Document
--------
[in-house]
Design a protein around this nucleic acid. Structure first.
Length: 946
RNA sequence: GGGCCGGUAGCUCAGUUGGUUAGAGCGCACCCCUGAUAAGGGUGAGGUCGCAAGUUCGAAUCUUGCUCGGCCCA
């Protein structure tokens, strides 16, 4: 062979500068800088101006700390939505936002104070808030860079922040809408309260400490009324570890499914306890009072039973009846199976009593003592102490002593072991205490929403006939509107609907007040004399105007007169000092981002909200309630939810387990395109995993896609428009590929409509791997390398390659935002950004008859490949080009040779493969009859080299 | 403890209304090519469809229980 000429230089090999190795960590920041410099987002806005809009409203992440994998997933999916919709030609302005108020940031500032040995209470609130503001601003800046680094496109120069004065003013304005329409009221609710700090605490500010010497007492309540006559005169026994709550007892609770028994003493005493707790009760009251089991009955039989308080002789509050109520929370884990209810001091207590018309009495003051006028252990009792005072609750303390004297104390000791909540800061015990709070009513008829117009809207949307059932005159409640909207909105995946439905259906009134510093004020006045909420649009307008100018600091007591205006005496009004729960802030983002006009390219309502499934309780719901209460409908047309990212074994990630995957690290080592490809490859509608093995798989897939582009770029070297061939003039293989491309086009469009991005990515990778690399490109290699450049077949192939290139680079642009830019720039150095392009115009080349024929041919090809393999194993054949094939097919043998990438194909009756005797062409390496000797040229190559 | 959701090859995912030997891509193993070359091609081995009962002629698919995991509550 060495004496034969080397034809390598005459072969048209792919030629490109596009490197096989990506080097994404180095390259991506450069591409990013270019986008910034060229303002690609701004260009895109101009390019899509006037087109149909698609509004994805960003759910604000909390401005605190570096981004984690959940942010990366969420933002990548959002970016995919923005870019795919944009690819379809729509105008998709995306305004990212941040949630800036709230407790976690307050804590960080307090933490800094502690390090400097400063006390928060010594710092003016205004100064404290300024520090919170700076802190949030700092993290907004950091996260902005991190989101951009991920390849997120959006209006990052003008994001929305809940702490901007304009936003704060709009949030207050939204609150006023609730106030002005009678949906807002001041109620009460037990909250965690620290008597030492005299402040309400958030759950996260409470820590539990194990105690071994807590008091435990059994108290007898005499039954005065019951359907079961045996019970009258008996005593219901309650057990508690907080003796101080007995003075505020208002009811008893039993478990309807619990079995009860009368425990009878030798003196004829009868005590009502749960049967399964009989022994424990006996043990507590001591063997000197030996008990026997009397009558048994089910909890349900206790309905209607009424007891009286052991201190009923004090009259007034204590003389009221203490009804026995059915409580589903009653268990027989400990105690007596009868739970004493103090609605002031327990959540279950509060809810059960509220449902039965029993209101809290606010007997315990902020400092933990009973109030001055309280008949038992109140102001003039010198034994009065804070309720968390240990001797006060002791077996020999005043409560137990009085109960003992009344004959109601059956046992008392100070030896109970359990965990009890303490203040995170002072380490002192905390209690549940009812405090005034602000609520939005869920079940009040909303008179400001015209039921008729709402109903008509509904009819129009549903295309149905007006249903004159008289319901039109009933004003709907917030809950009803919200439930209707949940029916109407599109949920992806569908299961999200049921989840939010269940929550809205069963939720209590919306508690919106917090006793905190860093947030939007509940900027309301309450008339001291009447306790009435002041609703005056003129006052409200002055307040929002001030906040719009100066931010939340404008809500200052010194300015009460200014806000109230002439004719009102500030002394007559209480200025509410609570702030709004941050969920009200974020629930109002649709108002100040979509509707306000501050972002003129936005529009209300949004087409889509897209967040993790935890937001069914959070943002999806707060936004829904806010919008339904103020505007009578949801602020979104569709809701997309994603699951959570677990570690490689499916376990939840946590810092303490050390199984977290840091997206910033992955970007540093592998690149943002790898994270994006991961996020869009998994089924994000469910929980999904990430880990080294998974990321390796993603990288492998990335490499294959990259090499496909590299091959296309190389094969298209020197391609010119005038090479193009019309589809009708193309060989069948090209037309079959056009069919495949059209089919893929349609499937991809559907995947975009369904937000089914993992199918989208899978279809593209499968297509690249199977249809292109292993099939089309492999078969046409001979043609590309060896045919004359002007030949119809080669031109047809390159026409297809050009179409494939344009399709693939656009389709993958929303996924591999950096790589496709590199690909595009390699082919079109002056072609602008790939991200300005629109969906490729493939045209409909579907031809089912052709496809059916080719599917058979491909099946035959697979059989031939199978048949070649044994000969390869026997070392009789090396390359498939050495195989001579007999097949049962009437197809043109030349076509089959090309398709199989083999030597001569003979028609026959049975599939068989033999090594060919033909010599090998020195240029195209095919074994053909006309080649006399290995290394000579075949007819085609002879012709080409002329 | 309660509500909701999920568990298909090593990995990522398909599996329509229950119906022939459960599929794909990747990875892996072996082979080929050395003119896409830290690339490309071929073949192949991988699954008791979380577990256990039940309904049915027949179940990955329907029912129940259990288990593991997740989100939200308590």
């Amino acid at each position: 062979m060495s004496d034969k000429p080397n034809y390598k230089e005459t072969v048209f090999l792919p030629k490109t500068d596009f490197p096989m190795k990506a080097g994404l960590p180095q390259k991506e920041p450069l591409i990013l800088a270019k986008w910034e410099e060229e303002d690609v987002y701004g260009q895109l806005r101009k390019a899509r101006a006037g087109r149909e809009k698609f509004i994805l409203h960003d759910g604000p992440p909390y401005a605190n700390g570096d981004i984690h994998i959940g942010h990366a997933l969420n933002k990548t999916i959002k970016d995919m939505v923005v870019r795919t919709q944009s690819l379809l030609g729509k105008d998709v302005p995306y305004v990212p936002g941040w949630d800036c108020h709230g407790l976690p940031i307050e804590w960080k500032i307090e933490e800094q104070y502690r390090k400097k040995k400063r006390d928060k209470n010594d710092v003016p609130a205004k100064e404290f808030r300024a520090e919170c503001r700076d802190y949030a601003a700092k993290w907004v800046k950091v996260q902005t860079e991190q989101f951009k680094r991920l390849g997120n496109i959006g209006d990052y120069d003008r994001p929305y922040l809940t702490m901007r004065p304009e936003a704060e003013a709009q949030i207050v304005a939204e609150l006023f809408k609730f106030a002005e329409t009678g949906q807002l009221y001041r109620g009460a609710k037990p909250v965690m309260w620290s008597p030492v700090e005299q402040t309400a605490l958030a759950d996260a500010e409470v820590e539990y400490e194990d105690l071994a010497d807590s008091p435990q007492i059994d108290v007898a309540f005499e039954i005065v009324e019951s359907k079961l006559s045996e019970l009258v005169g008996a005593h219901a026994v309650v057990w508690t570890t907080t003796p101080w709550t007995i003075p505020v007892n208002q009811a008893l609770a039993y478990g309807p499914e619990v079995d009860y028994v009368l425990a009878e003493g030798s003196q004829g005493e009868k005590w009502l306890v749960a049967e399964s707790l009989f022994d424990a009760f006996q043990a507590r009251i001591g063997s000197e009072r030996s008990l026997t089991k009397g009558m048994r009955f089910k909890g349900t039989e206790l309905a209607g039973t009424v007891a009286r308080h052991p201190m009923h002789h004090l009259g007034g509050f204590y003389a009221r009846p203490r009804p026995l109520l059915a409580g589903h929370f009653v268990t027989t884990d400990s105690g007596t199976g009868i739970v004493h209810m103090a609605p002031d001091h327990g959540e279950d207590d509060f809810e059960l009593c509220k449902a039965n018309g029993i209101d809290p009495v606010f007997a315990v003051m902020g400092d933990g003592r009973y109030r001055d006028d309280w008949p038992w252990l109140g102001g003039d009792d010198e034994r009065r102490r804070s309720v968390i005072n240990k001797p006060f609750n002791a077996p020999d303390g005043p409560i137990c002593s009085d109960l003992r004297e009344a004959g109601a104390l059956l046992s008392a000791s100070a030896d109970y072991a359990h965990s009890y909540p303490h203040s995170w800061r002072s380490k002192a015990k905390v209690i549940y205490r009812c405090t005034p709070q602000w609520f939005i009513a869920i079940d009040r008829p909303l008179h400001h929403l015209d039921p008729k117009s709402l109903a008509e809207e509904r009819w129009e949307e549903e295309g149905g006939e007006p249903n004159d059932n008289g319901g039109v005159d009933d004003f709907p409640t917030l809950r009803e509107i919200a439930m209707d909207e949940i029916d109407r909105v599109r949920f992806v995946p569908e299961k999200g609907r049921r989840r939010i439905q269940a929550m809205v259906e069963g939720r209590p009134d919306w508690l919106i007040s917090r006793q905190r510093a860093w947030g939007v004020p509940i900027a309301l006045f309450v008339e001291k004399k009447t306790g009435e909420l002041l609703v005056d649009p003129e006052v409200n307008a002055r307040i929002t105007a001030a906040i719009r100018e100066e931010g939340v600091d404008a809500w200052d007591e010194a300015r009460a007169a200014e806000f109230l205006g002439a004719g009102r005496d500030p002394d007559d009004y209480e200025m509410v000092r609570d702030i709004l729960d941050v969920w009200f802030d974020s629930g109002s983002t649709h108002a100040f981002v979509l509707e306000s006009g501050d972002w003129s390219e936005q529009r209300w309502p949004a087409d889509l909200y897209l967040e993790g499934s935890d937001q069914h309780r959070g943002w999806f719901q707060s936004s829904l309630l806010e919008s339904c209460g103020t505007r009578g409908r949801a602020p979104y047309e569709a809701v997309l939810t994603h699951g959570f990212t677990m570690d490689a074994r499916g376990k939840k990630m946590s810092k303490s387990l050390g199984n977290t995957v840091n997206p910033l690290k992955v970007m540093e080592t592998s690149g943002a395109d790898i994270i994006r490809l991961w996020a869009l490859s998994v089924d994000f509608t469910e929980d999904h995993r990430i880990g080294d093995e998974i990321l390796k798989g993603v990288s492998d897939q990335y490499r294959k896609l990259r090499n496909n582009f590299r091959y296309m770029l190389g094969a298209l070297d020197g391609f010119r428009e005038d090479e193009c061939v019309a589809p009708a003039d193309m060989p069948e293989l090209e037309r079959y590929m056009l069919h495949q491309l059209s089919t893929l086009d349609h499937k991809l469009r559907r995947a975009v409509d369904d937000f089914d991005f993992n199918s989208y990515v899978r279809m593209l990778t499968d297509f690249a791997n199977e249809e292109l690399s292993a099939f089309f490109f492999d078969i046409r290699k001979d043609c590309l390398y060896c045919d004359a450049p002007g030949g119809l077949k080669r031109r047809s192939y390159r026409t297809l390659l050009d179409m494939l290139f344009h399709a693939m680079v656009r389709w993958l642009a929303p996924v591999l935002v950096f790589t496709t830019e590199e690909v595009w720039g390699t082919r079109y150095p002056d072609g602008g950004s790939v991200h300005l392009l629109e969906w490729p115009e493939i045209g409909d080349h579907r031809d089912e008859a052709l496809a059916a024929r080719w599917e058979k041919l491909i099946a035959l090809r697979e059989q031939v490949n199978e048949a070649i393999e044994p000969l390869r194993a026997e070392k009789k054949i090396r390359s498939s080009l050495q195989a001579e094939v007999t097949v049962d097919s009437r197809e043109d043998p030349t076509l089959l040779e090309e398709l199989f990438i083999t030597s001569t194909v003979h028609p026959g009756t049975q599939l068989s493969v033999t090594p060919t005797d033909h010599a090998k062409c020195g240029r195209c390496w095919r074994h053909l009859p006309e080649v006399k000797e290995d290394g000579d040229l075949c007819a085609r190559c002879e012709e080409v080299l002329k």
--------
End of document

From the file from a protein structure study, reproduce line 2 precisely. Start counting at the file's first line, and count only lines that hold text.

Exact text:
Design a protein around this nucleic acid. Structure first.